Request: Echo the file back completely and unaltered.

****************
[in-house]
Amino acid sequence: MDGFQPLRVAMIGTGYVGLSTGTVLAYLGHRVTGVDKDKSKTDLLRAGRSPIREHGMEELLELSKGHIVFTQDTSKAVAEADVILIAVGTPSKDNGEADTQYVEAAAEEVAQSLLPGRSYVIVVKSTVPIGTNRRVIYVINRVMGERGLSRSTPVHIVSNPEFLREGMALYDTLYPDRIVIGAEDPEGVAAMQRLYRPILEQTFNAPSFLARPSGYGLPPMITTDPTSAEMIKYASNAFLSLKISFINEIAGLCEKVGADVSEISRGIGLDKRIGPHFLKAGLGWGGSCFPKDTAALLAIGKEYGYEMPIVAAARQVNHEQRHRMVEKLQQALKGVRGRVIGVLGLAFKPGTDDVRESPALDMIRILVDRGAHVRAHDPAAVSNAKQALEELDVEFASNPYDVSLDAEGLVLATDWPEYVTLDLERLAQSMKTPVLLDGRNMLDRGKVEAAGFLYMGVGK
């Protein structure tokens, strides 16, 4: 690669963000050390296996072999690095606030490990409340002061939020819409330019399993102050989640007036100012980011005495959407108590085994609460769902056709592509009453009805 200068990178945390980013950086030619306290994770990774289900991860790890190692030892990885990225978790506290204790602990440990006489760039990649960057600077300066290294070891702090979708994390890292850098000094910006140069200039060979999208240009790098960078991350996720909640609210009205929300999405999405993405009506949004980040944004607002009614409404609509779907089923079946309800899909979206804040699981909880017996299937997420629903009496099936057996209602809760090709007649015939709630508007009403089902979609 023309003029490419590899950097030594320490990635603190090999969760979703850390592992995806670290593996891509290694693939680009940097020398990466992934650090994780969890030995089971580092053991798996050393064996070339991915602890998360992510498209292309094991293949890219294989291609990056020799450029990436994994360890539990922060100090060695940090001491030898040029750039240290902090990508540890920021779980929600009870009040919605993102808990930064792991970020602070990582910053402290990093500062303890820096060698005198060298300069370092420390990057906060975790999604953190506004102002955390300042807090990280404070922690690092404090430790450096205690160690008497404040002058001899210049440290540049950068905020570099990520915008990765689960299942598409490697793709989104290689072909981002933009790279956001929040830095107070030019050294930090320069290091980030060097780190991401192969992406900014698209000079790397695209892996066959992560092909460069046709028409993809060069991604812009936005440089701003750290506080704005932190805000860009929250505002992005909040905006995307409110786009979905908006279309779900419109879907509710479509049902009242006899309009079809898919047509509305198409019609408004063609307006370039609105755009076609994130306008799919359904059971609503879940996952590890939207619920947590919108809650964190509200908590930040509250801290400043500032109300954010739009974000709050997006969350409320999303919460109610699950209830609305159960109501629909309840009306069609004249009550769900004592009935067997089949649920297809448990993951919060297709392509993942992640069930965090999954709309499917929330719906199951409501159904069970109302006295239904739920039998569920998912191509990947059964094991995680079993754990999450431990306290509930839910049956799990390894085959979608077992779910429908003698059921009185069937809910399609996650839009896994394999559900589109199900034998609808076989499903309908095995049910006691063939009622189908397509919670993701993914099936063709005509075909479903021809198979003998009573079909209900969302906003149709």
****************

[in-house]
Amino acid sequence: MDGFQPLRVAMIGTGYVGLSTGTVLAYLGHRVTGVDKDKSKTDLLRAGRSPIREHGMEELLELSKGHIVFTQDTSKAVAEADVILIAVGTPSKDNGEADTQYVEAAAEEVAQSLLPGRSYVIVVKSTVPIGTNRRVIYVINRVMGERGLSRSTPVHIVSNPEFLREGMALYDTLYPDRIVIGAEDPEGVAAMQRLYRPILEQTFNAPSFLARPSGYGLPPMITTDPTSAEMIKYASNAFLSLKISFINEIAGLCEKVGADVSEISRGIGLDKRIGPHFLKAGLGWGGSCFPKDTAALLAIGKEYGYEMPIVAAARQVNHEQRHRMVEKLQQALKGVRGRVIGVLGLAFKPGTDDVRESPALDMIRILVDRGAHVRAHDPAAVSNAKQALEELDVEFASNPYDVSLDAEGLVLATDWPEYVTLDLERLAQSMKTPVLLDGRNMLDRGKVEAAGFLYMGVGK
């Protein structure tokens, strides 16, 4: 690669963000050390296996072999690095606030490990409340002061939020819409330019399993102050989640007036100012980011005495959407108590085994609460769902056709592509009453009805 200068990178945390980013950086030619306290994770990774289900991860790890190692030892990885990225978790506290204790602990440990006489760039990649960057600077300066290294070891702090979708994390890292850098000094910006140069200039060979999208240009790098960078991350996720909640609210009205929300999405999405993405009506949004980040944004607002009614409404609509779907089923079946309800899909979206804040699981909880017996299937997420629903009496099936057996209602809760090709007649015939709630508007009403089902979609 023309003029490419590899950097030594320490990635603190090999969760979703850390592992995806670290593996891509290694693939680009940097020398990466992934650090994780969890030995089971580092053991798996050393064996070339991915602890998360992510498209292309094991293949890219294989291609990056020799450029990436994994360890539990922060100090060695940090001491030898040029750039240290902090990508540890920021779980929600009870009040919605993102808990930064792991970020602070990582910053402290990093500062303890820096060698005198060298300069370092420390990057906060975790999604953190506004102002955390300042807090990280404070922690690092404090430790450096205690160690008497404040002058001899210049440290540049950068905020570099990520915008990765689960299942598409490697793709989104290689072909981002933009790279956001929040830095107070030019050294930090320069290091980030060097780190991401192969992406900014698209000079790397695209892996066959992560092909460069046709028409993809060069991604812009936005440089701003750290506080704005932190805000860009929250505002992005909040905006995307409110786009979905908006279309779900419109879907509710479509049902009242006899309009079809898919047509509305198409019609408004063609307006370039609105755009076609994130306008799919359904059971609503879940996952590890939207619920947590919108809650964190509200908590930040509250801290400043500032109300954010739009974000709050997006969350409320999303919460109610699950209830609305159960109501629909309840009306069609004249009550769900004592009935067997089949649920297809448990993951919060297709392509993942992640069930965090999954709309499917929330719906199951409501159904069970109302006295239904739920039998569920998912191509990947059964094991995680079993754990999450431990306290509930839910049956799990390894085959979608077992779910429908003698059921009185069937809910399609996650839009896994394999559900589109199900034998609808076989499903309908095995049910006691063939009622189908397509919670993701993914099936063709005509075909479903021809198979003998009573079909209900969302906003149709």